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Buying An Endowment Policy? Here’s What You Should Know
If you’re thinking about buying an Endowment Policy, here are some things you should know
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Endowment plans are best suited for the customers who desire stability and financial protection for their future savings. Endowment policies provide a disciplined savings plan over a period of time for a future need along with a life cover that protects the future projected savings for the family in the event of the untimely demise of the policy holder.
If you’re thinking about buying an Endowment Policy, here are some things you should know-
Types of Endowment Policies
There are majorly two types of Endowment Policies – Participating and Non-Participating. Participating plans take part in the profits of the Insurance Company, earning bonuses, whereas, Non-Participating plans do not take part in the profits of the Insurance Company. What this means for the customer is that part of the returns in a participating plan would depend on and include the profits that the insurance company makes on the said plan whereas for non-participating plans the returns are mostly fixed and declared at the onset of the policy.
Further, endowment polices are designed in several ways to help suit the specific needs of various customers such as children’s education, future marriage, retirement, etc.
To increase liquidity for customers a variation of endowment polices, namely Money back policies are available. These policies are popular as they have a certain percentage of the maturity paid to the customer at periodic intervals before the actually maturity term.
ULIPs can also be termed Endowment plans because they offer a maturity benefit, but since the returns are market based they are not Traditional Plans and thus are considered as a separate category of Life Insurance Plans.
Another way to classify these plans would be based on the Premium payment – Single / Regular. In single premium plans the entire premium amount for the policy is paid one time at the start of the policy, post which no premiums are required to be paid; the maturity amount of the policy is then paid after completion of the stipulated term. In Regular premium plans the policy premium needs to be paid periodically every year till the completion of the policy term to get full maturity and benefits of the plan. In the current environment companies have also designed limited premium payment plans where the customer needs to pay premium for a shorter duration than the maturity term of the policy.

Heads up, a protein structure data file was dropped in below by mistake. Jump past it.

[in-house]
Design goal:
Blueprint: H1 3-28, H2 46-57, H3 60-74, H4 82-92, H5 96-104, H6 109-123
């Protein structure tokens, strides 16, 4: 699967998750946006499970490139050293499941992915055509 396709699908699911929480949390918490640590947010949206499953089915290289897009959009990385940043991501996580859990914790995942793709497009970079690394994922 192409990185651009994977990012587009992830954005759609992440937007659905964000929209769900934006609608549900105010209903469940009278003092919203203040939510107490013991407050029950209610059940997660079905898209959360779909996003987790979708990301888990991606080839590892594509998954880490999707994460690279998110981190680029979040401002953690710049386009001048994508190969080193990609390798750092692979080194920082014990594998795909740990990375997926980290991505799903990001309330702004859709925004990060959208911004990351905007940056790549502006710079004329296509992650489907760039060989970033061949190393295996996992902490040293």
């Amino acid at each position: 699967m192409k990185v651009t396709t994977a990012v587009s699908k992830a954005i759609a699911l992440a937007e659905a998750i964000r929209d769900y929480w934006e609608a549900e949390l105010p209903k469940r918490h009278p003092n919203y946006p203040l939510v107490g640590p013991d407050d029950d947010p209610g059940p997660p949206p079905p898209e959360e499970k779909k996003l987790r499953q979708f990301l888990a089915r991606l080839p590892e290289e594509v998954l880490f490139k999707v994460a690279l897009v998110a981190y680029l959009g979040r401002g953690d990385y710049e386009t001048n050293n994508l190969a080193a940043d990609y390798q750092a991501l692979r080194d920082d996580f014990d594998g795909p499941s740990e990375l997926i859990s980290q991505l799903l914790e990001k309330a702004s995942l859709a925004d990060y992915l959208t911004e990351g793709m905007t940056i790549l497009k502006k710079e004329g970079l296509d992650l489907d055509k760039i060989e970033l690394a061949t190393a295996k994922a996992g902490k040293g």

Riders are additions to a base policy. They can offer extra coverage on diagnosis of a critical illness, on accidents, or income benefits on death of the life assured, etc. These riders can be taken up on additional payment of premium. Sometimes plans may include a rider as an inbuilt feature too.
Traditional Endowment policies carry a lower volatility risk compared to Mutual Funds or ULIPs where the fund value is adjusted daily based on the market returns of the underlying investments. In Participating Endowment plans, investment return is allocated annually by means of bonuses. Once declared the bonus returns are locked-in, and cannot be taken away. Death benefits consist of a pre-determined guaranteed amount as well as bonus allocations. In Non-Participating plans the maturity and death benefits are fully guaranteed to you at onset.
Endowment plans qualify for Income tax exemption under Section 80C provide the life cover provided is 10 times the annual premium paid. These polices would go on to qualify got tax free returns on maturity under Section 10(10 D) of the Income Tax Act, 1961.
It is important to note that endowment plans provide best returns and protection when used for long-term savings. In most cases the plans require a premium to be paid regularly over a period of years. Thus for customers opting for these plans need to verify the ability to be able to pay premium over the years should also be considered to avoid the policy lapse.There are several factors to be considered before you decide which policy to buy, such as your personal needs, your income, risk appetite, current life stage, future needs, etc.
Disclaimer: The views expressed in the article above are those of the authors' and do not necessarily represent or reflect the views of this publishing house. Unless otherwise noted, the author is writing in his/her personal capacity. They are not intended and should not be thought to represent official ideas, attitudes, or policies of any agency or institution.